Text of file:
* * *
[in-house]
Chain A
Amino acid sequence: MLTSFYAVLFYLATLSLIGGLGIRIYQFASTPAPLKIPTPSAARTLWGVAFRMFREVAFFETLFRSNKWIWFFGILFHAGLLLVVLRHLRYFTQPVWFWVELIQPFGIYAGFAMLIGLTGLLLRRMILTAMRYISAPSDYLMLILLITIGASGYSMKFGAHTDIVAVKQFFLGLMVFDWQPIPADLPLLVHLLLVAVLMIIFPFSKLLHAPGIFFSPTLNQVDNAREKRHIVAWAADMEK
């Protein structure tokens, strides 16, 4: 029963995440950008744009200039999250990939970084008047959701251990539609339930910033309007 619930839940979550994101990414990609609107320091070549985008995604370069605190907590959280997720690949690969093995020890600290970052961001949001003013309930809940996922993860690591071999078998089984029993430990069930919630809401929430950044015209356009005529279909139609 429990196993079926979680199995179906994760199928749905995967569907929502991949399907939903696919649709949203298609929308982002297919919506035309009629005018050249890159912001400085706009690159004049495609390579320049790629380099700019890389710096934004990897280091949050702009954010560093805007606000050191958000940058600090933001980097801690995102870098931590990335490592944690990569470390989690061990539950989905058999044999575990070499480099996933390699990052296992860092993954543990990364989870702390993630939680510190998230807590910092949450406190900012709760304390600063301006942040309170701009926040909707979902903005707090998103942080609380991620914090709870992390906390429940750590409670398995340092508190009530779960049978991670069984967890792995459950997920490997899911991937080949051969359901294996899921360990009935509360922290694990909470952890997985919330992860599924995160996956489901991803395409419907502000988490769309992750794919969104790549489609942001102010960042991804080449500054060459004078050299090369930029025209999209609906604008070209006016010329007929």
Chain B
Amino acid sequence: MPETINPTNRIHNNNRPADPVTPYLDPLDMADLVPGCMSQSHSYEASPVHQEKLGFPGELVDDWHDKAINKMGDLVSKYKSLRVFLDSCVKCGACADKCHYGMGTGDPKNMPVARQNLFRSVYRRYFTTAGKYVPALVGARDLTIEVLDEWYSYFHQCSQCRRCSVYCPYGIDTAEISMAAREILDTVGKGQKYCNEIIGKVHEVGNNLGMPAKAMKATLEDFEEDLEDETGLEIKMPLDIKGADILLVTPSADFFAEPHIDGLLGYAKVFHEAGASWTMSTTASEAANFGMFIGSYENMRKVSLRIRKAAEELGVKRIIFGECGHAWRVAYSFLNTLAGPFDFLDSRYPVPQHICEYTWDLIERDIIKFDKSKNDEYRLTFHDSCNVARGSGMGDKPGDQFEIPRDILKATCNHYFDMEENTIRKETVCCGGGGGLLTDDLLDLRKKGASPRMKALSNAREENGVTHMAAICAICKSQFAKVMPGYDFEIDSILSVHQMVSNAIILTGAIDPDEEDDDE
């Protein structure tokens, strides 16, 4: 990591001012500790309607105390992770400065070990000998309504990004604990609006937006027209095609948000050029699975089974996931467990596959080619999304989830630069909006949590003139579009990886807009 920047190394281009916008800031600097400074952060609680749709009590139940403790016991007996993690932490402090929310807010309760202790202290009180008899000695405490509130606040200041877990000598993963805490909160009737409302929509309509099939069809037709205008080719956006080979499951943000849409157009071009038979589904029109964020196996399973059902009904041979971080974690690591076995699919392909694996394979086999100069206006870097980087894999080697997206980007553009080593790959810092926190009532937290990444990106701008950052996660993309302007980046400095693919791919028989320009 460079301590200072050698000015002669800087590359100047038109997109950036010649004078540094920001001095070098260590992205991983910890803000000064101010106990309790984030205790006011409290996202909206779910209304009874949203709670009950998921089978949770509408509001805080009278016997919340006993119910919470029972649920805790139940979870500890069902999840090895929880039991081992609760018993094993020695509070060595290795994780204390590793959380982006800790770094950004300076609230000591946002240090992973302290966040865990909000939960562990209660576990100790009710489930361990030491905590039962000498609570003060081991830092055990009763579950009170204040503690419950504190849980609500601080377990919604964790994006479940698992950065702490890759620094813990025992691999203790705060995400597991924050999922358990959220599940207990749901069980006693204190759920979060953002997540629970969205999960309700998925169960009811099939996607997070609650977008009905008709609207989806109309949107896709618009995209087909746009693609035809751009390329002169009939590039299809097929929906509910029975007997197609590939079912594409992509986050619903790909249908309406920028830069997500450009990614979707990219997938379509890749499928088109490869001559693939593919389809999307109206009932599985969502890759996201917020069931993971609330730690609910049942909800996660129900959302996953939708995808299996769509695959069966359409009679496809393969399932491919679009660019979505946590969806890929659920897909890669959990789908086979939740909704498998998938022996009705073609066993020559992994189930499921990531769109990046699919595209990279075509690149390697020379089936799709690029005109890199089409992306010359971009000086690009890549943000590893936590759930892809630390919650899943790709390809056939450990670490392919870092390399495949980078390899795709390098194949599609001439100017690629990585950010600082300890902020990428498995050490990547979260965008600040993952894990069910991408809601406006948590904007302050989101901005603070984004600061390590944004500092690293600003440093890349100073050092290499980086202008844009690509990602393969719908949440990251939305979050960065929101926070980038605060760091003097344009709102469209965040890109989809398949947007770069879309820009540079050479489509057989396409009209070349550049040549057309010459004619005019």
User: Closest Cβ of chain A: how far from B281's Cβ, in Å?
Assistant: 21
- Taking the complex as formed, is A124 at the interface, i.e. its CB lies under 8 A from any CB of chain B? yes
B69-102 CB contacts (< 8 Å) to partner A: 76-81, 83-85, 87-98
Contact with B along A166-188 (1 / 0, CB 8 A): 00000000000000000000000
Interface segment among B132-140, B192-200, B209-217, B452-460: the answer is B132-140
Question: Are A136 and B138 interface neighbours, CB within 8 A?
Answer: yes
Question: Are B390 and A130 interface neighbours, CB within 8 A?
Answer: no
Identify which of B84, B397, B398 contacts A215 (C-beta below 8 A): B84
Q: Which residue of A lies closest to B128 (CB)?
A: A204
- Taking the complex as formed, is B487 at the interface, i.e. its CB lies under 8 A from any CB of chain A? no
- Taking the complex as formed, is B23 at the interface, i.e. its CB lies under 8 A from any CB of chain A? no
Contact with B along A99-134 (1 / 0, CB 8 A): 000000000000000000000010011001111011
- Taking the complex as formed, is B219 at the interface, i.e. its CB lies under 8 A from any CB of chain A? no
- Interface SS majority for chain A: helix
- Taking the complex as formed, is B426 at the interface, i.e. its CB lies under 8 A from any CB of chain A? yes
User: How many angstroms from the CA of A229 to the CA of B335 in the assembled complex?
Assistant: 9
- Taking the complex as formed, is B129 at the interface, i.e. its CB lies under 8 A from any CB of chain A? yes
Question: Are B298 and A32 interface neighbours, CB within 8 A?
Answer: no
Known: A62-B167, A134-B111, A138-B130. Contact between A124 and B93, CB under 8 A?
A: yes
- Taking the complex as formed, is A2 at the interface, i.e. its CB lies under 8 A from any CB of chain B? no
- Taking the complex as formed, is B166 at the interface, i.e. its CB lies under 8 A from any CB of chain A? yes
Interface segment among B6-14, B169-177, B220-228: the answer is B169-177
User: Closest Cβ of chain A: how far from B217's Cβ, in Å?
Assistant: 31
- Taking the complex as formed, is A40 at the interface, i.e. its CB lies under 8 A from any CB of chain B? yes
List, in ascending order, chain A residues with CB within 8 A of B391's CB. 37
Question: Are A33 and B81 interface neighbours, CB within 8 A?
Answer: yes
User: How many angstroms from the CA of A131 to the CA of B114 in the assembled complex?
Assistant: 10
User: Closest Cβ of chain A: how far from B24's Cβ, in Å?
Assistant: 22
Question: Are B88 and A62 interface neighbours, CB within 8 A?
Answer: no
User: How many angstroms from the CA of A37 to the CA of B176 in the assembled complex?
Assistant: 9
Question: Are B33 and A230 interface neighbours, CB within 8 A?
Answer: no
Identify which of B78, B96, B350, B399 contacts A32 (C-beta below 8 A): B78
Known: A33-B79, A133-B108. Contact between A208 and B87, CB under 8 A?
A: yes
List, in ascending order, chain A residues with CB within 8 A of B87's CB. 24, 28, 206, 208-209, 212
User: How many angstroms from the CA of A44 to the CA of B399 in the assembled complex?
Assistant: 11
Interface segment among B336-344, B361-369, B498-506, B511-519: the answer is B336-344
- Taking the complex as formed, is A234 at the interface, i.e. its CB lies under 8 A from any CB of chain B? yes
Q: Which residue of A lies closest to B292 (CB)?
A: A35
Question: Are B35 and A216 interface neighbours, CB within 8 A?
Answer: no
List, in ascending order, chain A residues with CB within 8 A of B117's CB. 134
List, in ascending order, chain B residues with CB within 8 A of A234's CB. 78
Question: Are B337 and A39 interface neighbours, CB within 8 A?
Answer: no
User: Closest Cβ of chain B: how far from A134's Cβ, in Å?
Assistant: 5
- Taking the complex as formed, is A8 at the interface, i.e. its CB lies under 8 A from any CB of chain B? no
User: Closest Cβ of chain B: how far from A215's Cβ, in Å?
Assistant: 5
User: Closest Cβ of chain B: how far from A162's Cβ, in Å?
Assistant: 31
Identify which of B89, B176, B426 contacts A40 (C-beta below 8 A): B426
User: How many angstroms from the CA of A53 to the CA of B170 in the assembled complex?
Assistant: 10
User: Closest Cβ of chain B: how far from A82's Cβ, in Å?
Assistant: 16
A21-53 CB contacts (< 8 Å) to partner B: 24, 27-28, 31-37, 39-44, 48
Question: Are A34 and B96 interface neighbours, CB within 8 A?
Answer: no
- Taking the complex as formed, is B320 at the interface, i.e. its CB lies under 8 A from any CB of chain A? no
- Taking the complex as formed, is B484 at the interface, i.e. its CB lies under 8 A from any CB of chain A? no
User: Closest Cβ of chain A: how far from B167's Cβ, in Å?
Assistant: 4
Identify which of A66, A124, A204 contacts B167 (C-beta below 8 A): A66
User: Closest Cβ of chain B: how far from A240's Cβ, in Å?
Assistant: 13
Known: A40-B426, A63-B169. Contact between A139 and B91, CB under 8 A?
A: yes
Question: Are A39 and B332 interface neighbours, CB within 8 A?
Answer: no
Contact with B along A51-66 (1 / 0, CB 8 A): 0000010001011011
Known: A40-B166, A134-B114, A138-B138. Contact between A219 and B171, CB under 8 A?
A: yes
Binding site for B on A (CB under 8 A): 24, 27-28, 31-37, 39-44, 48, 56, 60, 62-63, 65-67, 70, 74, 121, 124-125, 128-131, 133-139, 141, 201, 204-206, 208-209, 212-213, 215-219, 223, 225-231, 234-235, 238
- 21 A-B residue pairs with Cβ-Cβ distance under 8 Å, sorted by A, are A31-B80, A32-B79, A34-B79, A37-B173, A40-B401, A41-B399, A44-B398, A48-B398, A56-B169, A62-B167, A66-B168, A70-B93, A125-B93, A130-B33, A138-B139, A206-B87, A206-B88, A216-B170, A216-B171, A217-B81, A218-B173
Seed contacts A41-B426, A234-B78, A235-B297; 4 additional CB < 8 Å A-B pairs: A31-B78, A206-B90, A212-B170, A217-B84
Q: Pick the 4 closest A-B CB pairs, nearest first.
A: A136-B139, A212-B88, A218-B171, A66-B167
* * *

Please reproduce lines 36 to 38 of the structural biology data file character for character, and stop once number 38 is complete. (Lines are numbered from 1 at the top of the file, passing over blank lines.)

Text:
Interface segment among B6-14, B169-177, B220-228: the answer is B169-177
User: Closest Cβ of chain A: how far from B217's Cβ, in Å?
Assistant: 31